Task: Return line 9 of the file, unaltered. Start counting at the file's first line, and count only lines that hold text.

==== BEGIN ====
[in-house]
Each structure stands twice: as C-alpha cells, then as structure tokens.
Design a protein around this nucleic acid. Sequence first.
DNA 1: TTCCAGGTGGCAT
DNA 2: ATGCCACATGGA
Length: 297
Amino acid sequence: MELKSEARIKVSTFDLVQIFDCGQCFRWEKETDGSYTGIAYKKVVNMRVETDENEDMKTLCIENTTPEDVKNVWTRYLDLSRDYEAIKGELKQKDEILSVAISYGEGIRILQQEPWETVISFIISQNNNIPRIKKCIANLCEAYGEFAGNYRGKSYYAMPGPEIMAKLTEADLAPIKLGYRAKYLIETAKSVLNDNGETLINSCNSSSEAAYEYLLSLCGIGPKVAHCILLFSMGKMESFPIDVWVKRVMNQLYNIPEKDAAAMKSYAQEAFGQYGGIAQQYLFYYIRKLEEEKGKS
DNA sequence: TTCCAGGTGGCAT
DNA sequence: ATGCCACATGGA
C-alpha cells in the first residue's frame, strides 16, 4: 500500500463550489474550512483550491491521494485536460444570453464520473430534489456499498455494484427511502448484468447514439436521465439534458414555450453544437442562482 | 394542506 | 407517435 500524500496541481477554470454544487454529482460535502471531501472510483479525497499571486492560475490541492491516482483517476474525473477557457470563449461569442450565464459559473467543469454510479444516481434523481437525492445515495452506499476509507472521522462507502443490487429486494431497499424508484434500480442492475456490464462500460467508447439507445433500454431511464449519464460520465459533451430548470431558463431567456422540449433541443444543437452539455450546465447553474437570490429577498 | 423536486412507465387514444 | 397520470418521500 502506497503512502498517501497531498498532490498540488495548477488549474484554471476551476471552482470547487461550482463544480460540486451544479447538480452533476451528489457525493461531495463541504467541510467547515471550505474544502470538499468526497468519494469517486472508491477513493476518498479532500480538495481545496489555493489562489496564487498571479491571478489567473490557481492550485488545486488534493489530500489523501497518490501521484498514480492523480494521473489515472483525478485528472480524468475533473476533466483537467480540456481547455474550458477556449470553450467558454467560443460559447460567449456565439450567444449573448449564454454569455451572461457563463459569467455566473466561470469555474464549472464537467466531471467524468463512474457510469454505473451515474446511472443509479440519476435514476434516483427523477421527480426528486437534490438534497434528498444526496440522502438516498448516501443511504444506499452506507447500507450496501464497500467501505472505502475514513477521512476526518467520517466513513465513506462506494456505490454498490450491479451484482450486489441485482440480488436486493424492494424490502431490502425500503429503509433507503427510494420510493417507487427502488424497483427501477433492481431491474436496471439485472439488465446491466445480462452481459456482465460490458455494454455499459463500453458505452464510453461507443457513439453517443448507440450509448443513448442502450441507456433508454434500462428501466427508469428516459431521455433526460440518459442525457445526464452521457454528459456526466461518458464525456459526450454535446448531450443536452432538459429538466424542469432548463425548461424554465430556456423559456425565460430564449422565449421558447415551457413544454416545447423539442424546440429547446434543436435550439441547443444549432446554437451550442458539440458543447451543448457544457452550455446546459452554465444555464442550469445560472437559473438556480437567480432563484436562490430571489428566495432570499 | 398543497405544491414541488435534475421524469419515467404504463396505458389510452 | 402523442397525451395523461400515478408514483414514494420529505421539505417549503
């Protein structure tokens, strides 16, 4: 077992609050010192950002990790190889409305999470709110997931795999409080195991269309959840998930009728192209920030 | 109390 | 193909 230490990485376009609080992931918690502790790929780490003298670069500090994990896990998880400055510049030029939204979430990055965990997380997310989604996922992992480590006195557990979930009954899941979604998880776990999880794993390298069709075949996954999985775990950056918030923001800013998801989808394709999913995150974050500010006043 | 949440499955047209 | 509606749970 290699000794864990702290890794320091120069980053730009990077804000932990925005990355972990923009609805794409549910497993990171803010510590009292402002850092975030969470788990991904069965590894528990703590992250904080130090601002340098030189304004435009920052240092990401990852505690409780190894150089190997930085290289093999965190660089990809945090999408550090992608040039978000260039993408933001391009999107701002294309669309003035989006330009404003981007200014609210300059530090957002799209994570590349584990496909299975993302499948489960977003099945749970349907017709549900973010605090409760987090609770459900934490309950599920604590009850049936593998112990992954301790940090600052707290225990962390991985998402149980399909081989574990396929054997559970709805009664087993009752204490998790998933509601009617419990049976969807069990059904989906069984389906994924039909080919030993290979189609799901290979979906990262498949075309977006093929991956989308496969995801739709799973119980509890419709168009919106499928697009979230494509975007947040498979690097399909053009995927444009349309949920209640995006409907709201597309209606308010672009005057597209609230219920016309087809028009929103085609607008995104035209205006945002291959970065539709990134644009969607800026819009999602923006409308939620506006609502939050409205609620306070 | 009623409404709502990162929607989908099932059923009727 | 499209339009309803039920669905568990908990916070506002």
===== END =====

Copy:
DNA sequence: ATGCCACATGGA